I recently saw a documentary about stand-up comic and actor Richard Pryor and I was surprised to hear the name Jim Brown pop up as a sometime business partner of Pryor. Not THE Jim Brown, I asked myself, whose brilliant but somehow overlooked career stretches from Robert Aldrich’s The Dirty Dozen to Tim Burton’s Mars Attacks? Yes indeedy. Ignorant me didn’t know that former American football star Jim Brown was a leading black activist and businessman, dedicated to raising his people up economically, or that he had worked for Pryor’s production company until the inevitable “creative differences”. He was also a woman beater, but hey…. nobody’s perfect.
The Pryor film led me to another documentary, Spike Lee’s Jim Brown: All American, which more or less tells it like it is, but skirts lightly over the issues of domestic violence and Brown’s falling out with Pryor. Now I’m not an American football fan – apart from anything else, they hardly seem to use their feet, except to run, and they don’t do much of that – so let’s concentrate on the film work. For an ex-football player, Brown can actually act. He has an extraordinary presence and – as is made clear in Spike Lee’s film – he represents the first black star to fully express his sexuality onscreen, Belafonte and Poitier being effectively emasculated in their early roles. In 100 Rifles Brown even gets to kiss Raquel Welch on screen (and how!) – heady inter-racial stuff for the 1960s. But I love Jim Brown for the trio of splendid action movies – The Dirty Dozen, The Split and (best of all) Riot – which he made in the late 60s.
In The Dirty Dozen, Brown plays Robert Jefferson, one of twelve convicts sent to France to assassinate a bunch of German officers assembled at a castle shortly before D-Day. Everyone bangs on about how good the very silly Where Eagles Dare is, but The Dirty Dozen is a zillion times better, and I‘ve done the math. Among the compulsory bunch of psychopaths (Telly Savalas, Donald Sutherland, a superb John Cassavetes) doing nasty stuff to Nazis (hooray!) Brown brings a reassuring calm and decency which makes it all the more upsetting when he eventually dies (heroically, of course). The Dirty Dozen was a clever transposition of The Magnificent Seven to the war movie and inspired countless imitations, including the original, Italian version of Inglorious Basterds (not very good) and the Tarantino “remake” which is – dare I say it – possibly even better than The Dirty Dozen, although infinitely more ludicrous, like Where Eagles Dare meets Cinema Paradiso.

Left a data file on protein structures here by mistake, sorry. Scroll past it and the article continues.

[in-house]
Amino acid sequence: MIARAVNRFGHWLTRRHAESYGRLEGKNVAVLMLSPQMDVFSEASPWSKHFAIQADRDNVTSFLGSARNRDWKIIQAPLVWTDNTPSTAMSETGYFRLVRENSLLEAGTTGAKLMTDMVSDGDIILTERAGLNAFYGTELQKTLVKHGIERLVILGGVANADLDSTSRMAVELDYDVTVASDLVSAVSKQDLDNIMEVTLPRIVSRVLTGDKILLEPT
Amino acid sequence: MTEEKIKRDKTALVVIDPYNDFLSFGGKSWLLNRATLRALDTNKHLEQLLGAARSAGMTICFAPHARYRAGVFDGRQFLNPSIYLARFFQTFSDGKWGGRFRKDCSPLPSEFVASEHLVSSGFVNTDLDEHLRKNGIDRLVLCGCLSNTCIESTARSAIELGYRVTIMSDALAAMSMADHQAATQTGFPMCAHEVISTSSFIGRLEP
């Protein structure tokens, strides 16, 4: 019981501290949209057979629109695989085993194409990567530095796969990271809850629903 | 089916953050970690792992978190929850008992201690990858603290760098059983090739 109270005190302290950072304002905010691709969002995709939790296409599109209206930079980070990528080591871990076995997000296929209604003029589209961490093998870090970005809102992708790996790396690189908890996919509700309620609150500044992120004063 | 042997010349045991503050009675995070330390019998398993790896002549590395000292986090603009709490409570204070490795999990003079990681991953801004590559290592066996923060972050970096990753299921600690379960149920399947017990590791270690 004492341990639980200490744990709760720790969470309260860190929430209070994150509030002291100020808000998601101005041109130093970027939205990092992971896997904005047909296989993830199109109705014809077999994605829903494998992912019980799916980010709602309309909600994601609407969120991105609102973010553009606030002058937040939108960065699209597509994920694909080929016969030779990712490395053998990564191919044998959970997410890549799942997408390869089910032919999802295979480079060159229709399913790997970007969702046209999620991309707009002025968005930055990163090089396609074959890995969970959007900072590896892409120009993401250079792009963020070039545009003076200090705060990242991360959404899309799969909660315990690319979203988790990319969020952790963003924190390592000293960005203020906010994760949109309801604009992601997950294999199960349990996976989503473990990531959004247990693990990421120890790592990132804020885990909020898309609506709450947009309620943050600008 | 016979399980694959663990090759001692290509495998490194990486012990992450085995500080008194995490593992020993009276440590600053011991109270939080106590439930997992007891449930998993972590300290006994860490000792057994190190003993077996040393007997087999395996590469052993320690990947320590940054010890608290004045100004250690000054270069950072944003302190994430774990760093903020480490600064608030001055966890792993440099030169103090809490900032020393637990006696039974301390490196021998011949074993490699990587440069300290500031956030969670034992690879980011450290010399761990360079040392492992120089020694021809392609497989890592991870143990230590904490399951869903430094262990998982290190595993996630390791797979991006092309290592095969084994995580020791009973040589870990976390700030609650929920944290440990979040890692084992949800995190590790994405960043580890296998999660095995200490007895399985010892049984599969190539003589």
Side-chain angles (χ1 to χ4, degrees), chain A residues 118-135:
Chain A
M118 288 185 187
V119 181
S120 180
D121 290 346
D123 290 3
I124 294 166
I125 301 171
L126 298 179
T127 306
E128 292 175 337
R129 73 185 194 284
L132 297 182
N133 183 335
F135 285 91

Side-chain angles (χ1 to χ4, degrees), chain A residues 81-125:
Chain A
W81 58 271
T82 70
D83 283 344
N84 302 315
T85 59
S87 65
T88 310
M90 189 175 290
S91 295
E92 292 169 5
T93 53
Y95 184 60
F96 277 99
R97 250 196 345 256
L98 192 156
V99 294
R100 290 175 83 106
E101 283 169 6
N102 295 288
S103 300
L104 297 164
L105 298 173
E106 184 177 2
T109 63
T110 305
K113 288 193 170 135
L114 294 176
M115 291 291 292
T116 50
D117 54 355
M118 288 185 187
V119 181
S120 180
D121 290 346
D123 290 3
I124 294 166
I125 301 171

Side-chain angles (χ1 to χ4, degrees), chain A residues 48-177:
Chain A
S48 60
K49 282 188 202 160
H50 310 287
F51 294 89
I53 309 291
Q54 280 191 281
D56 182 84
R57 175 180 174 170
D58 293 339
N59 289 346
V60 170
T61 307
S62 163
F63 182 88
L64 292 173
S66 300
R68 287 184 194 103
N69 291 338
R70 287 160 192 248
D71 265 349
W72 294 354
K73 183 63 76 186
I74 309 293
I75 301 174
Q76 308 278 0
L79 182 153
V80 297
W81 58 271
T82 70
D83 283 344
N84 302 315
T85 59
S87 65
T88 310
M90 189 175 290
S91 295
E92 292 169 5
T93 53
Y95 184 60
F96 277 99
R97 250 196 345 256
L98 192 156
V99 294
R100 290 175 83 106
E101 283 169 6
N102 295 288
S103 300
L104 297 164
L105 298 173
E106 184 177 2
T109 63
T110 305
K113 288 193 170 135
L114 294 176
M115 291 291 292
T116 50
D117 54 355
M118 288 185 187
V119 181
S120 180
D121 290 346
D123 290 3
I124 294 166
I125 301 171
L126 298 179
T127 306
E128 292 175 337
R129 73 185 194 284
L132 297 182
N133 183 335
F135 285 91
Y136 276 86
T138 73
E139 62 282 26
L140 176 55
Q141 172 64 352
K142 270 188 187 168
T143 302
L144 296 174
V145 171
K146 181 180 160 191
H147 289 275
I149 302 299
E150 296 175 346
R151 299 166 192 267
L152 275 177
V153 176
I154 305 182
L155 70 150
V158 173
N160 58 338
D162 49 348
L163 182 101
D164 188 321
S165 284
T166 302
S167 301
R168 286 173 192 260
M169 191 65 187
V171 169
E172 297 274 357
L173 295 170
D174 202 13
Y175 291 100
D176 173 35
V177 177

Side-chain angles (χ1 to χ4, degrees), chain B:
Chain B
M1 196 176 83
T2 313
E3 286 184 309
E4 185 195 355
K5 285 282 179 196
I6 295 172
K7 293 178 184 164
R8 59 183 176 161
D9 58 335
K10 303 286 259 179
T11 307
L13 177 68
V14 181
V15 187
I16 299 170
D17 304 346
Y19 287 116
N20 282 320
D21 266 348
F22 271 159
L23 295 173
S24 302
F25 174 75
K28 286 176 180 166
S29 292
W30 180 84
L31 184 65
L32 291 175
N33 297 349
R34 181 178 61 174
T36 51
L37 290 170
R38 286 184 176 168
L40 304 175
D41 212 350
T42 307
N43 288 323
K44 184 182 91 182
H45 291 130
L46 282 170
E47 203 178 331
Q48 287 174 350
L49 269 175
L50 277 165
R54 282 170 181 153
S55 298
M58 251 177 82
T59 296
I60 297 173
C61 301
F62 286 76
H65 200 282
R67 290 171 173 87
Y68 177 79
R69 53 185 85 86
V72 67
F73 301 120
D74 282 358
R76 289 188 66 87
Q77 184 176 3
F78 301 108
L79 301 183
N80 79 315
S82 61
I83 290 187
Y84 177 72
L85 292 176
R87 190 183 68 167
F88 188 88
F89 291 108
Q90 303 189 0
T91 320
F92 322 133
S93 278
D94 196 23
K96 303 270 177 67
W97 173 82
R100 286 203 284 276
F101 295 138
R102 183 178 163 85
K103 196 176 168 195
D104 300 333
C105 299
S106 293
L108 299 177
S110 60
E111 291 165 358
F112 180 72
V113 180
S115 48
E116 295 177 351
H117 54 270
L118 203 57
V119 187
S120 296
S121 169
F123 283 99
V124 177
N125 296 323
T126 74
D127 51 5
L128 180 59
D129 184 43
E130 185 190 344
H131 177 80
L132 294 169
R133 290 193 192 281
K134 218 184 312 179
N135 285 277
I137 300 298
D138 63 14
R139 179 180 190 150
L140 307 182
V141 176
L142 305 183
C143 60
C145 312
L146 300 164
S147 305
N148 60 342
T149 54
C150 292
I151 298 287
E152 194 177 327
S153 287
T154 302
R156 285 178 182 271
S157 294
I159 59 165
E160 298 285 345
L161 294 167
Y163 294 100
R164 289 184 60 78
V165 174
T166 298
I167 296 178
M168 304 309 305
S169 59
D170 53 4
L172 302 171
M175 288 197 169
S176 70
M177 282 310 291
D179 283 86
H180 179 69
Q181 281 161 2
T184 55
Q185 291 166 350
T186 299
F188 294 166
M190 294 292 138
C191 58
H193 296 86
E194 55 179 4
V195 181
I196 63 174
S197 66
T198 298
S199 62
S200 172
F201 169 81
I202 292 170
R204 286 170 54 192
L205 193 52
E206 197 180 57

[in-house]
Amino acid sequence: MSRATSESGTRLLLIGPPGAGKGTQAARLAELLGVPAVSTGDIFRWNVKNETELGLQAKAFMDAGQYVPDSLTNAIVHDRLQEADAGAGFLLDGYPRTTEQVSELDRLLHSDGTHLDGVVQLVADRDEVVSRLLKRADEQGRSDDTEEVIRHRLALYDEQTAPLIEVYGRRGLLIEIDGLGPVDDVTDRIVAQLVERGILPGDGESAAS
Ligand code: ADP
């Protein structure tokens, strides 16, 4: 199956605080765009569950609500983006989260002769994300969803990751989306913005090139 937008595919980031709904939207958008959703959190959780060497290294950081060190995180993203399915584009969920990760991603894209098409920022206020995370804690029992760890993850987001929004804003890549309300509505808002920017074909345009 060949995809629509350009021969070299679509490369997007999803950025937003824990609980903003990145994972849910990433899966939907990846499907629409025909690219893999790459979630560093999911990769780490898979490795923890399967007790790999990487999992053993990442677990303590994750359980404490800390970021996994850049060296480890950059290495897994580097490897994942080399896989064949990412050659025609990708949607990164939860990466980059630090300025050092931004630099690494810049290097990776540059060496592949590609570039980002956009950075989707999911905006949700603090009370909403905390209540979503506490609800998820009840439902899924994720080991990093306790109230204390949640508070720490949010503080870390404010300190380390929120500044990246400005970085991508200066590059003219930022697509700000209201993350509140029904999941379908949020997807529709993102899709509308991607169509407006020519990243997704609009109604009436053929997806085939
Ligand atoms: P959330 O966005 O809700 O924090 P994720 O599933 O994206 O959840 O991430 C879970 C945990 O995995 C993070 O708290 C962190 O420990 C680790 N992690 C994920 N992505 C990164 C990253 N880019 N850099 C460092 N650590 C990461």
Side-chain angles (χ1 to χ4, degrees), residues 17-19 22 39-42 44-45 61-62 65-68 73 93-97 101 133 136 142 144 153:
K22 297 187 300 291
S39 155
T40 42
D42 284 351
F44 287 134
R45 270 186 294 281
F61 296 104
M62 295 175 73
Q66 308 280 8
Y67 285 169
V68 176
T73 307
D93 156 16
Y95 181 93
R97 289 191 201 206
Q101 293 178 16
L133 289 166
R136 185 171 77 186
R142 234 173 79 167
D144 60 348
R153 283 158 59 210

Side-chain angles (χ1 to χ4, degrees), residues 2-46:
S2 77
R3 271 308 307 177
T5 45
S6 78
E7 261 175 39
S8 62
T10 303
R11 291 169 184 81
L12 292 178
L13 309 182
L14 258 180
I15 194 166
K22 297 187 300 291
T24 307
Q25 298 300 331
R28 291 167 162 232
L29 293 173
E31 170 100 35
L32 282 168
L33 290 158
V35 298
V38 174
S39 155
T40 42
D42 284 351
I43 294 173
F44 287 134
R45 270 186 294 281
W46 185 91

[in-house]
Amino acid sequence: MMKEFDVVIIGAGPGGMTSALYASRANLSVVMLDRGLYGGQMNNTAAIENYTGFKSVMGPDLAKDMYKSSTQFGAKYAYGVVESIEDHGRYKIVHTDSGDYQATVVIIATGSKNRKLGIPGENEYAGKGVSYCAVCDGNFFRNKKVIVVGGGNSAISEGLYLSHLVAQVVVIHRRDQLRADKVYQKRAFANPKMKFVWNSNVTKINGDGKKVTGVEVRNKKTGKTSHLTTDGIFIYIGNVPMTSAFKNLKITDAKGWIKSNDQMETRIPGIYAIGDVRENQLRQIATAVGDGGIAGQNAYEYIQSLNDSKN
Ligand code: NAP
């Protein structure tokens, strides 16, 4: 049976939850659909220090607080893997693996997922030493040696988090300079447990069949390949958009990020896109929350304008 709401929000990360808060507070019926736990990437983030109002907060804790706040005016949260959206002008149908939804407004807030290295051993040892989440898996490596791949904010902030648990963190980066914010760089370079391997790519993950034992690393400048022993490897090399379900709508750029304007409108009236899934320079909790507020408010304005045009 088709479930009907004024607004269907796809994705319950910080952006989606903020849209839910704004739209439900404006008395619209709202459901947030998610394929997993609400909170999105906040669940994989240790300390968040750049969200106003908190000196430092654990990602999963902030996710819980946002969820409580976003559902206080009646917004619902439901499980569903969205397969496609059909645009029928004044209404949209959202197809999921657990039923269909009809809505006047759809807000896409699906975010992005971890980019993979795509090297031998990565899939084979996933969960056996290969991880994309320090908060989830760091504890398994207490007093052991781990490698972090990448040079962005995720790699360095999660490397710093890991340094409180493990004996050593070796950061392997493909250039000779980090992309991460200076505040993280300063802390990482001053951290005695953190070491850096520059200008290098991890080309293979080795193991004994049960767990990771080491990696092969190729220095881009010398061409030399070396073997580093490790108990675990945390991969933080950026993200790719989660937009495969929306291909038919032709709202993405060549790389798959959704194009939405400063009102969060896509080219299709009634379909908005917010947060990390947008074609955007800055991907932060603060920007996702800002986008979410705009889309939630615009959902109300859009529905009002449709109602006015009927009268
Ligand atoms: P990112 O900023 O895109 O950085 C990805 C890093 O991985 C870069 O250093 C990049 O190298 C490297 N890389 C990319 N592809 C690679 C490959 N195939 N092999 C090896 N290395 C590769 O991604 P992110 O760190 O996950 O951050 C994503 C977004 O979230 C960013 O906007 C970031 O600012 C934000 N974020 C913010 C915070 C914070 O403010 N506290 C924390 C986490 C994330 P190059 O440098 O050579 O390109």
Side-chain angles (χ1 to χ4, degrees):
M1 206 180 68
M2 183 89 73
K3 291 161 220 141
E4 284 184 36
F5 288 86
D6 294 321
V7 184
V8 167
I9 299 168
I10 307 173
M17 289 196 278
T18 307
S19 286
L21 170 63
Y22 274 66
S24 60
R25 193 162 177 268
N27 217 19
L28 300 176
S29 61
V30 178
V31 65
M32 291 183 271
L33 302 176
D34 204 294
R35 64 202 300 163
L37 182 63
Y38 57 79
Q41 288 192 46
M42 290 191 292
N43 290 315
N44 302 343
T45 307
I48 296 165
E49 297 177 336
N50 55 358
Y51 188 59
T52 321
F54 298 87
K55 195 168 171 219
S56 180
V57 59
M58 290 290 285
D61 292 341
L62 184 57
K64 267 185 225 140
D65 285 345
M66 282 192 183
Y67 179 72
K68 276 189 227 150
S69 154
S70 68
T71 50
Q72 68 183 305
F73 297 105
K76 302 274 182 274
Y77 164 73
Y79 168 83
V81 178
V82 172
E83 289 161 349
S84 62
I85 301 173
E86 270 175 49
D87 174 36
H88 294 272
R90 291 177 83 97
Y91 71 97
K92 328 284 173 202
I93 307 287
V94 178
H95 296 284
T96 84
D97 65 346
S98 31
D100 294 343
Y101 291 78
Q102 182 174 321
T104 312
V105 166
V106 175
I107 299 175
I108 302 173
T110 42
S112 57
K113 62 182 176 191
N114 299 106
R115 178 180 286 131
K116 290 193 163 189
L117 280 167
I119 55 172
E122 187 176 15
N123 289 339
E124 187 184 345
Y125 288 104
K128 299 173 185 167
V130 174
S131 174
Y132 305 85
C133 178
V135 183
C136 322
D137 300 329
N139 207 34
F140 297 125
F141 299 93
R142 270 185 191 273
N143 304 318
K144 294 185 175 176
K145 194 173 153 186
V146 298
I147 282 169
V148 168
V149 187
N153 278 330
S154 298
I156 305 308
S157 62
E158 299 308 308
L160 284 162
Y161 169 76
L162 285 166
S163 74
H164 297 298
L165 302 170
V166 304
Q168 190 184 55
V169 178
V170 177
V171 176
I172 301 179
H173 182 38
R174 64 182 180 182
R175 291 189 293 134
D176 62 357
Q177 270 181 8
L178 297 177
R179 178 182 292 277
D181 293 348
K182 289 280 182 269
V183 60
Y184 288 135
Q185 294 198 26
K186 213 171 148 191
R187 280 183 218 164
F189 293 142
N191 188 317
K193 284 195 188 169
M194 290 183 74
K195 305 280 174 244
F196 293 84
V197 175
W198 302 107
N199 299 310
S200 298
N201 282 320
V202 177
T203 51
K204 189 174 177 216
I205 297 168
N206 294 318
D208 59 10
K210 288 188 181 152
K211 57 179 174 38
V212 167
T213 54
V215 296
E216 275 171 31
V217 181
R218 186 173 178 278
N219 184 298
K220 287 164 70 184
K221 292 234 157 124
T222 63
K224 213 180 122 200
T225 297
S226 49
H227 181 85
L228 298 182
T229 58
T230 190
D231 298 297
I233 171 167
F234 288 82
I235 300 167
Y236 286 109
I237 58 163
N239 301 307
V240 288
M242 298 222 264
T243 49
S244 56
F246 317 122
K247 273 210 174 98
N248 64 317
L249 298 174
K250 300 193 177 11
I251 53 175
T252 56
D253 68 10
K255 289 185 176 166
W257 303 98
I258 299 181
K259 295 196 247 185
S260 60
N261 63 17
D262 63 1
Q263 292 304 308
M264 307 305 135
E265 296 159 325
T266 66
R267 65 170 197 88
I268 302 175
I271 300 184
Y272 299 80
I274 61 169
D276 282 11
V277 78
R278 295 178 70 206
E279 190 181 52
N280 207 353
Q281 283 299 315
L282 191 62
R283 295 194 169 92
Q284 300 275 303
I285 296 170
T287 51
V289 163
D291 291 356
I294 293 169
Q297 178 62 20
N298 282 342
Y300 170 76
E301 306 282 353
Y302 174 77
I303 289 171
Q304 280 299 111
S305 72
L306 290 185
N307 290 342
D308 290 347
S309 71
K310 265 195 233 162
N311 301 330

Brown was then cast as a marine captain in Ice Station Zebra (1968) alongside Rock Hudson and Ernest Borgnine, a move as daring in its way as the Raquel Welch kiss in 100 Rifles. As a result, he landed his first lead role in The Split (1969), where he was reunited with both Borgnine and Donald Sutherland. While in many ways a run-of-the-mill robbery-gone-wrong picture, albeit the first one to be rated R, The Split has a lot to recommend it: a punch-up of bone-crunching, Pink Panther-like proportions; an early car chase which clearly influenced Tarantino’s grindhouse tribute Death Proof; a thoroughly bitchy and sadistic villainess in Julie Harris; supporting roles for the great Warren Oates and the marginally less great Gene Hackman, and, above all, the remarkable achievement of having a cool, confident, sexy black man get away with the crime and enjoy his first inter-racial kiss, with Harris.